Q. I've finished treatment and now I feel like I'm on my own. Are there things I should be doing?

A.

Finishing cancer treatment often brings mixed feelings. A sense of relief and feelings of accomplishment are normal; so, too, is uncertainty about the future. Your instinct to prepare in some way for your survivorship is a good one. Here are some steps you can take to keep both your mind and your body healthy as you continue to work with your medical team.

Ask your doctor for a Treatment Summary. This should include:

  • Your type(s) of cancer with the date and stage at diagnosis
  • Types of treatment received (surgery, chemotherapy drugs, radiation doses and tests performed)
  • Complications experienced (side effects, transfusions, hospitalizations)
  • Other services used (physical therapy, acupuncture, herbal)

Discuss with your doctor what your Follow-Up Plan will be. This should include:

  • Future schedule of visits (time and date)
  • Who will deliver follow-up care (and where)
  • Tests that will be done and why (surveillance and preventative)
  • Assessment and treatment for long- or late-term effects (e.g., lymphedema, depression, pain)
  • Evaluation of current health behaviors and promotion of healthy life style

There are great resources available that can help you organize all of the above information. The Lance Armstrong Foundation (LAF) has developed worksheets and a Survivorship Notebook. The National Coalition for Cancer Survivorship (NCCS) provides information about Living Beyond Cancer. And for childhood cancer survivors, the National Children’s Cancer Society offers information in managing long-term effects from treatment.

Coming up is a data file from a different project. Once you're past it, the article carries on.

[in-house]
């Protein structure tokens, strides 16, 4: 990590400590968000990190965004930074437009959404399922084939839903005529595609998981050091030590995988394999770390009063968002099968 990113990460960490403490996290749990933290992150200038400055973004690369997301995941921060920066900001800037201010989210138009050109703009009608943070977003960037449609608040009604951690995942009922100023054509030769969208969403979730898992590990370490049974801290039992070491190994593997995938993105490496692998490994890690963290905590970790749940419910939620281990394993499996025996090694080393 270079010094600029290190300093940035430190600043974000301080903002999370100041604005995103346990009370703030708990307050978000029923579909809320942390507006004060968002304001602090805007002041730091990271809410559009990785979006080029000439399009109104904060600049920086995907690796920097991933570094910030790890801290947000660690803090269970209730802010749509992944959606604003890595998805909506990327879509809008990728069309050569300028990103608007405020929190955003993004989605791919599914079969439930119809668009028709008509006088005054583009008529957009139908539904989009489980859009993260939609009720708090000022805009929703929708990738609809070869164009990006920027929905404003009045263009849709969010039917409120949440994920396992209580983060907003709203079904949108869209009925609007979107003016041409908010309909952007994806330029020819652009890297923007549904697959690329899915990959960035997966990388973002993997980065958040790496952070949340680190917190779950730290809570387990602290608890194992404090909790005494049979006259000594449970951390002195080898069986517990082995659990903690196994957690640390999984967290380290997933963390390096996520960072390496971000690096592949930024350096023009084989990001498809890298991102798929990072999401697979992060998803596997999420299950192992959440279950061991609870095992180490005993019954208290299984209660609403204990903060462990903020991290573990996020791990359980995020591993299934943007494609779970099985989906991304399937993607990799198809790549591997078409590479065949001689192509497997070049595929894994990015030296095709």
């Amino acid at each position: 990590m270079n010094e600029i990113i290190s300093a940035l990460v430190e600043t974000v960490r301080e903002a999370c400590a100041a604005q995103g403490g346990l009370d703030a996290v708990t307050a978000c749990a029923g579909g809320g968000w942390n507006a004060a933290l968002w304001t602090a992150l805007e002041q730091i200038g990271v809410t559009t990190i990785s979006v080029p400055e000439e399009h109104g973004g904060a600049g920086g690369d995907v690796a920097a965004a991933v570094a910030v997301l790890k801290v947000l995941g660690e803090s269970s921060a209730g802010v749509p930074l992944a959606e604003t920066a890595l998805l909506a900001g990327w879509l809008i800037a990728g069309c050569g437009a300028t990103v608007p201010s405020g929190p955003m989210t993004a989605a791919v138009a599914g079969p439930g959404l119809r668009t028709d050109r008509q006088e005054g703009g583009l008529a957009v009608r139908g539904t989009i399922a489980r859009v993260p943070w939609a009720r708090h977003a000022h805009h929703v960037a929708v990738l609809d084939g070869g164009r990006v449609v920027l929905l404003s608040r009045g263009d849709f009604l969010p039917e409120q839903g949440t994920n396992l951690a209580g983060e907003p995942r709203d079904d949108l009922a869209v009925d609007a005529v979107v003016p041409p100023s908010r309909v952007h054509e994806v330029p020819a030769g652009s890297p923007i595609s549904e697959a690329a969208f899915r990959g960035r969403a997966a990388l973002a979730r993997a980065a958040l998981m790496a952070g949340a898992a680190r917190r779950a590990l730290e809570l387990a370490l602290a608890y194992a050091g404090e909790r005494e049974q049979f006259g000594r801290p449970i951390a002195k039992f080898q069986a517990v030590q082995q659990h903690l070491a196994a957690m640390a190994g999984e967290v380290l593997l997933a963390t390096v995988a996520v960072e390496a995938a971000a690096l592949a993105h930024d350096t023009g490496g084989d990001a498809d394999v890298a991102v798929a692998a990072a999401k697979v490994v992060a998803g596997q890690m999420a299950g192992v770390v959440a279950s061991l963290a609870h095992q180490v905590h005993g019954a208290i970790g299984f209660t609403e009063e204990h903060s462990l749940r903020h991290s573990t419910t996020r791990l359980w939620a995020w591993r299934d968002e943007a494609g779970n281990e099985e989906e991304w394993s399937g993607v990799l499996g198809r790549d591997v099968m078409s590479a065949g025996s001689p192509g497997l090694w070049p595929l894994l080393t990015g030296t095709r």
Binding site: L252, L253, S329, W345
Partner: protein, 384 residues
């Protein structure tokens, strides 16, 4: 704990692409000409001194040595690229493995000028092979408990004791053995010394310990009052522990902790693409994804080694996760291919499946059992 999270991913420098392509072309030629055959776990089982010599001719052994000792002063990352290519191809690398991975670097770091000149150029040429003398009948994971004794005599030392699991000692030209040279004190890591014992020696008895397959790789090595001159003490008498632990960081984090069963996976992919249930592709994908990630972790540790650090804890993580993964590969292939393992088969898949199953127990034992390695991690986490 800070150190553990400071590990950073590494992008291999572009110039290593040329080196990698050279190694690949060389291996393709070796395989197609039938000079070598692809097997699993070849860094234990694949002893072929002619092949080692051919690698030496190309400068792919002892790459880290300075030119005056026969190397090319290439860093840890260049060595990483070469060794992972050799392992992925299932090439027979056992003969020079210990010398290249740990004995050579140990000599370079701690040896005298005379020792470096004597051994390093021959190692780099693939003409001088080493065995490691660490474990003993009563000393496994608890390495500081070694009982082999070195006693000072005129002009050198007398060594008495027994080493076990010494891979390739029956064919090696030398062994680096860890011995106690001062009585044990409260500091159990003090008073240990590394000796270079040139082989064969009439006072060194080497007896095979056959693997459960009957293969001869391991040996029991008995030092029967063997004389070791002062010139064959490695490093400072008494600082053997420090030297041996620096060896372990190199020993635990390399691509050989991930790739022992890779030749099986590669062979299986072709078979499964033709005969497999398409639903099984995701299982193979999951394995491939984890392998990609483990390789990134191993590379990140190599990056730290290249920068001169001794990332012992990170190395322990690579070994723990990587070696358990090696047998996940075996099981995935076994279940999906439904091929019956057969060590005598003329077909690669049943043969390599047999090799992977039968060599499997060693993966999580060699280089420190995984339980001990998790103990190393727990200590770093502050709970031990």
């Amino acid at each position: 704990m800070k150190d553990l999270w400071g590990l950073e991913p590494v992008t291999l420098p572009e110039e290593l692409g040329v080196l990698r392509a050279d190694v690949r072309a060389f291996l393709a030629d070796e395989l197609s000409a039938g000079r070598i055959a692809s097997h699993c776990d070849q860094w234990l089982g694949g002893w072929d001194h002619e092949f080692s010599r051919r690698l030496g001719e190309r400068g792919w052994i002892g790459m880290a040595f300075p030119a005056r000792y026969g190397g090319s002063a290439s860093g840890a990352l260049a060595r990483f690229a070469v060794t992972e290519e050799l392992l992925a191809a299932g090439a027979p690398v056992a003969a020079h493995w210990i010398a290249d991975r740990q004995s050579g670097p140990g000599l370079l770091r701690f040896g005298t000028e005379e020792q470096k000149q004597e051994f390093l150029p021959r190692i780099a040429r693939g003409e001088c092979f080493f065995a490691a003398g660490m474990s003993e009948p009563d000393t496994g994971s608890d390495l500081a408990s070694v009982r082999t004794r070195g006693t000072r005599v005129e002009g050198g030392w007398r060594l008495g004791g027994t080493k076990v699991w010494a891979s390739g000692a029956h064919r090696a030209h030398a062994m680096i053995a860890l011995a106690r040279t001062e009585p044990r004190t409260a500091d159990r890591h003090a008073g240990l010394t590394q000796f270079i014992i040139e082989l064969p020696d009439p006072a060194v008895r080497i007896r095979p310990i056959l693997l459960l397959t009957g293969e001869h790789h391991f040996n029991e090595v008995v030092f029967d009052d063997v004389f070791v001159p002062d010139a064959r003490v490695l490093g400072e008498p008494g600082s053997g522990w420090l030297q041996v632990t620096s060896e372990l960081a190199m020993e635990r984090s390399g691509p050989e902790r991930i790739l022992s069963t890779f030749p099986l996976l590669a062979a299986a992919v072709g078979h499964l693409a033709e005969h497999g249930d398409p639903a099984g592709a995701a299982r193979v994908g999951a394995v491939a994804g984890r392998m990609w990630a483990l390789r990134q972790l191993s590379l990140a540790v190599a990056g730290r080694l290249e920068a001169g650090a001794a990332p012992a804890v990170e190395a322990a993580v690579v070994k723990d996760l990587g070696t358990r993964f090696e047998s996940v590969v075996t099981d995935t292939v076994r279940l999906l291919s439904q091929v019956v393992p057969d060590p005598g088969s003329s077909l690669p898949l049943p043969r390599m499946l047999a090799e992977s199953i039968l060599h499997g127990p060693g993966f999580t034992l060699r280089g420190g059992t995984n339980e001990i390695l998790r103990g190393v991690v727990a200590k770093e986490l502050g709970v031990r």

You mentioned feeling “on your own” now that your treatment is complete. This is a common feeling when treatment ends, and it’s good to know about the different types of support available to you:

  • Professional support provides you with information, resources and counseling
  • Peer-to-Peer support reduces your sense of isolation and helps you connect with others who share similar concerns

To tap into these types of support, speak with an oncology social worker or join a post-treatment support group at CancerCare. A social worker can also help you identify local support services.

Finally, you might find it useful to listen to these Connect® Education Workshops: